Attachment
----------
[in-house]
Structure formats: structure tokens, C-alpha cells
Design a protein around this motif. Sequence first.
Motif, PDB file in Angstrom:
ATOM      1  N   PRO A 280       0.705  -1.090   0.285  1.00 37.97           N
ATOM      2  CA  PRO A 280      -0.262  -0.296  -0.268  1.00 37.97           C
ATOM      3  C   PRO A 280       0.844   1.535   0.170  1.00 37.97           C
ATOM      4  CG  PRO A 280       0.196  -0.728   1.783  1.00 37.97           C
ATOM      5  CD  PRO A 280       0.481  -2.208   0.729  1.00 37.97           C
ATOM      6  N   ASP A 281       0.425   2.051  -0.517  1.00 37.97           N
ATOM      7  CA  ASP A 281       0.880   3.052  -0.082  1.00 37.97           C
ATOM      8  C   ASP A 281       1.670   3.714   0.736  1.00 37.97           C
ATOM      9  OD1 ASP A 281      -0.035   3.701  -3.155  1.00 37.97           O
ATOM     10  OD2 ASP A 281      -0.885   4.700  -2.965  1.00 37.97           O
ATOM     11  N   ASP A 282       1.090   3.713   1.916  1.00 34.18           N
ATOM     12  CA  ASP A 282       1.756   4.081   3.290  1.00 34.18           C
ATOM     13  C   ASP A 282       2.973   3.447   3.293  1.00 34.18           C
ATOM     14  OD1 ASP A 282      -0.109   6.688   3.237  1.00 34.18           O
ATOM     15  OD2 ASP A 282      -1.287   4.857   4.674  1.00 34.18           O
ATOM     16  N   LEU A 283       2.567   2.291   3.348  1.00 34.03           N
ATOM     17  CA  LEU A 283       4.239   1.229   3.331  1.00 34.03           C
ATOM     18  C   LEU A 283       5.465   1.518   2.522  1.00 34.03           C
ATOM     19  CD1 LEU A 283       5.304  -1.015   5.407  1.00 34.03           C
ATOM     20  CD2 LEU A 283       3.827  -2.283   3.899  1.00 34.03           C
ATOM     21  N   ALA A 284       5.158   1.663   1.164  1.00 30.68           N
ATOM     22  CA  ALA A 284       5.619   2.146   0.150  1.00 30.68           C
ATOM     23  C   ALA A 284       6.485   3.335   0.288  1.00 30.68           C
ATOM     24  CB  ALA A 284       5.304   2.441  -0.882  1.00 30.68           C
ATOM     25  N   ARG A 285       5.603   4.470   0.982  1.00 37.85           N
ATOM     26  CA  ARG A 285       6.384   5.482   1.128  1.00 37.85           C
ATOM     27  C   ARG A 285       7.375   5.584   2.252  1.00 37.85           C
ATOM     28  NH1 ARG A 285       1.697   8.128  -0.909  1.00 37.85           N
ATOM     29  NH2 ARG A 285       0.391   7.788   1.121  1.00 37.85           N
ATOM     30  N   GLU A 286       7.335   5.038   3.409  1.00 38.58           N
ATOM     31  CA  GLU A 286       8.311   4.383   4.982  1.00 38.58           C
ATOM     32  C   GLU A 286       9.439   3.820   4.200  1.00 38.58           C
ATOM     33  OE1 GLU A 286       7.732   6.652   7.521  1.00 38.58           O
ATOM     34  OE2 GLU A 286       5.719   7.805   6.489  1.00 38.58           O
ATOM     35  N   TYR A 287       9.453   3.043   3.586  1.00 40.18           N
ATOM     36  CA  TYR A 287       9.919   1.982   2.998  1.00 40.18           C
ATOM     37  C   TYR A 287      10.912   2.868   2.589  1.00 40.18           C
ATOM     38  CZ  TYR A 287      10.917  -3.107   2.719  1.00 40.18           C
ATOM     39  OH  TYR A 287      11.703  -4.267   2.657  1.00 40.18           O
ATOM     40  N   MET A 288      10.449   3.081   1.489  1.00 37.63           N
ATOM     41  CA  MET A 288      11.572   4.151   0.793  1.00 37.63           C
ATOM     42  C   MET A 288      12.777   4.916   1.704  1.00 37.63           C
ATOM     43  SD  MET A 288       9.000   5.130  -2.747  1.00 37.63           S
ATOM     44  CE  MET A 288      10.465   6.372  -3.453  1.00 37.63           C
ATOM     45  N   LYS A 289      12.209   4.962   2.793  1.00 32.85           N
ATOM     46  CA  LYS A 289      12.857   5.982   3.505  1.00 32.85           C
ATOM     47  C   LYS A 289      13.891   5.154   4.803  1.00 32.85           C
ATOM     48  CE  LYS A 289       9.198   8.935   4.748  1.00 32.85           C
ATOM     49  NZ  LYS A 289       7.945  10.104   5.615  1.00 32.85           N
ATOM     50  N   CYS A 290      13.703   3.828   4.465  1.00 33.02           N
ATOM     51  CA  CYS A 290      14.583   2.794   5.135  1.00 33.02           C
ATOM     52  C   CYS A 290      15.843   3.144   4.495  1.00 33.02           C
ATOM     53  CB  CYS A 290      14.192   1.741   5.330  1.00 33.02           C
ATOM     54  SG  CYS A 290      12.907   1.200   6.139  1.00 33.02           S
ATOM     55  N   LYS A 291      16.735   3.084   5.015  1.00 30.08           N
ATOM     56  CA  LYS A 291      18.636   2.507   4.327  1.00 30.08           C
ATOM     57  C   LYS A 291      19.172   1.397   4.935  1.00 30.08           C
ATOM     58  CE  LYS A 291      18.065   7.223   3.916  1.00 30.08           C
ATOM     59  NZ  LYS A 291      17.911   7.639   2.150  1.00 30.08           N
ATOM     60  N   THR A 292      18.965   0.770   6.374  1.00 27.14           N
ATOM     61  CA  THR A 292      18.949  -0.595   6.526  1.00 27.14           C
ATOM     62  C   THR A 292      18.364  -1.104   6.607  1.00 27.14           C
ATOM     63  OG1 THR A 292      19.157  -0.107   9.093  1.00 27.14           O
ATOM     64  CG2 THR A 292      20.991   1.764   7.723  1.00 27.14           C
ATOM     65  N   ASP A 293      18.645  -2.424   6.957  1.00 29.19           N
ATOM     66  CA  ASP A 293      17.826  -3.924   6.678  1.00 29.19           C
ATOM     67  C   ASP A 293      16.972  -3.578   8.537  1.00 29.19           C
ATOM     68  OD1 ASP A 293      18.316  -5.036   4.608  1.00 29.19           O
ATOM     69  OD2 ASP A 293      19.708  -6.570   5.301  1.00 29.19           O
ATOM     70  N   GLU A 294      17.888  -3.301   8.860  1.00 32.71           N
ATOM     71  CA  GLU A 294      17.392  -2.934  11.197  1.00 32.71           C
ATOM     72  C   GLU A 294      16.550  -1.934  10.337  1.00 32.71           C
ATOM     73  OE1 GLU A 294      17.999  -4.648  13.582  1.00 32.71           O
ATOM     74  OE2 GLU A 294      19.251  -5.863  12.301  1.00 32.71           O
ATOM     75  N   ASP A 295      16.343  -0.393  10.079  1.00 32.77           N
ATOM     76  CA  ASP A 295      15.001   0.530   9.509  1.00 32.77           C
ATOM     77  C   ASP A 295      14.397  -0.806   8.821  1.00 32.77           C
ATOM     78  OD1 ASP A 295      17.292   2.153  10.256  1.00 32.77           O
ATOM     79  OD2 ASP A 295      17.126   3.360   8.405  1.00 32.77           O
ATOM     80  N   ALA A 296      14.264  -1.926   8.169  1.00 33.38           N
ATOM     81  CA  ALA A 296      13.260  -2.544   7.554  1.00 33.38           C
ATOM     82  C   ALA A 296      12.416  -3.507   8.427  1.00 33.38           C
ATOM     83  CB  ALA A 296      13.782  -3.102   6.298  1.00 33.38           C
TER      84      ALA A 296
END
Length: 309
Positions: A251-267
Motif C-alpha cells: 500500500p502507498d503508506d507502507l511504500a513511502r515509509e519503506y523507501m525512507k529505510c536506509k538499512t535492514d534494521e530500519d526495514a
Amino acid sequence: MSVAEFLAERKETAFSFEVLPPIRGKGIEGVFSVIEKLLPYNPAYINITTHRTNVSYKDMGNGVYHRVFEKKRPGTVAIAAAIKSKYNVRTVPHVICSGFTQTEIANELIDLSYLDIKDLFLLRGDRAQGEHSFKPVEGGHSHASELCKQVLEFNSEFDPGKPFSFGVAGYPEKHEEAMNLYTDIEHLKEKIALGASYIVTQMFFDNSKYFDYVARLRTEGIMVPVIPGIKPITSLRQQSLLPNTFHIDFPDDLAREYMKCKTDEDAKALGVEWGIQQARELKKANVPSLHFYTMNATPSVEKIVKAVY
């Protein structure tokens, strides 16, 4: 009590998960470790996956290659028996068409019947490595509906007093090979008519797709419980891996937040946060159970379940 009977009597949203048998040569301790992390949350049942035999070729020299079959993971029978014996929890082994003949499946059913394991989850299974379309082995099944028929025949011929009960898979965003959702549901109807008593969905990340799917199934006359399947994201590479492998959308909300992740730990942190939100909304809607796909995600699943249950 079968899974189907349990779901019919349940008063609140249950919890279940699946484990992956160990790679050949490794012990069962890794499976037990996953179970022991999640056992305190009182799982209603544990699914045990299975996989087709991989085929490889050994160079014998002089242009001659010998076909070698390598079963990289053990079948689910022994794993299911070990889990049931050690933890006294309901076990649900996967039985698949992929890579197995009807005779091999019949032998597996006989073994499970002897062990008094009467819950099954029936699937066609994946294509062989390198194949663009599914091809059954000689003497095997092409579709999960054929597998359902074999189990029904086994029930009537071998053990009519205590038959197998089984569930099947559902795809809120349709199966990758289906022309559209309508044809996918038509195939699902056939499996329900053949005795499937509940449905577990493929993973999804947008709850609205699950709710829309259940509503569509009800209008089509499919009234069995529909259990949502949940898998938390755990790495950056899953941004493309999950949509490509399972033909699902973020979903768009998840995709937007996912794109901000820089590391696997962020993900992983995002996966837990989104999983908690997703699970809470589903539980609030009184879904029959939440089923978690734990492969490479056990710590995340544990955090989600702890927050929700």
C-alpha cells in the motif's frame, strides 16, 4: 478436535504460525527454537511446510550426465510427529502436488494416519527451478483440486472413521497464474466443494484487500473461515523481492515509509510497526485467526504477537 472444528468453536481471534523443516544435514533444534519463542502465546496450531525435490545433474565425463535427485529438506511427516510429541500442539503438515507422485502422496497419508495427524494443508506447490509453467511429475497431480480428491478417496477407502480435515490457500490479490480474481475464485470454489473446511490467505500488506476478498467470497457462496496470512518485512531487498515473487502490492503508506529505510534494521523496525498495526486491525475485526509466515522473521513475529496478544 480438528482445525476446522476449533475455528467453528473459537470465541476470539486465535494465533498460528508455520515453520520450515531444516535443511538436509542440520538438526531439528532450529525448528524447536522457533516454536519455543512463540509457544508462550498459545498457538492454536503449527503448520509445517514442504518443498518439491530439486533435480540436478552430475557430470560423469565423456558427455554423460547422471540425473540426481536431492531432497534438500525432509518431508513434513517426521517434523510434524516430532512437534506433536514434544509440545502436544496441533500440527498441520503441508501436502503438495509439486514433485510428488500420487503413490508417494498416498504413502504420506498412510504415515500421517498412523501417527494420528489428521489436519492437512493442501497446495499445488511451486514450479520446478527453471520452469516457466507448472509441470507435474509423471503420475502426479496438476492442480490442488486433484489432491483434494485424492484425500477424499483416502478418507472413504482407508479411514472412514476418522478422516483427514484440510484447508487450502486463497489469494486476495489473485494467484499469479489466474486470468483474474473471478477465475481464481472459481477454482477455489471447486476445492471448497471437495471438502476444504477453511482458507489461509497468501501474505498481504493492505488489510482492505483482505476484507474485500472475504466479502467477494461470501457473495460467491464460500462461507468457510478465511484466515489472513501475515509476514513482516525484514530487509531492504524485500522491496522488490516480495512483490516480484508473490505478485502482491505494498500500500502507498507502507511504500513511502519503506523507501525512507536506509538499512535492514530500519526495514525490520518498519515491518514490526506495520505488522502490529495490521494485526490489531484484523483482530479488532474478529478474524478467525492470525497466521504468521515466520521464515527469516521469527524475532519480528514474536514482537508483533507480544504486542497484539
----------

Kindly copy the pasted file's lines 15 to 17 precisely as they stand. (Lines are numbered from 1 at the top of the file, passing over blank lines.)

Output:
ATOM     11  N   ASP A 282       1.090   3.713   1.916  1.00 34.18           N
ATOM     12  CA  ASP A 282       1.756   4.081   3.290  1.00 34.18           C
ATOM     13  C   ASP A 282       2.973   3.447   3.293  1.00 34.18           C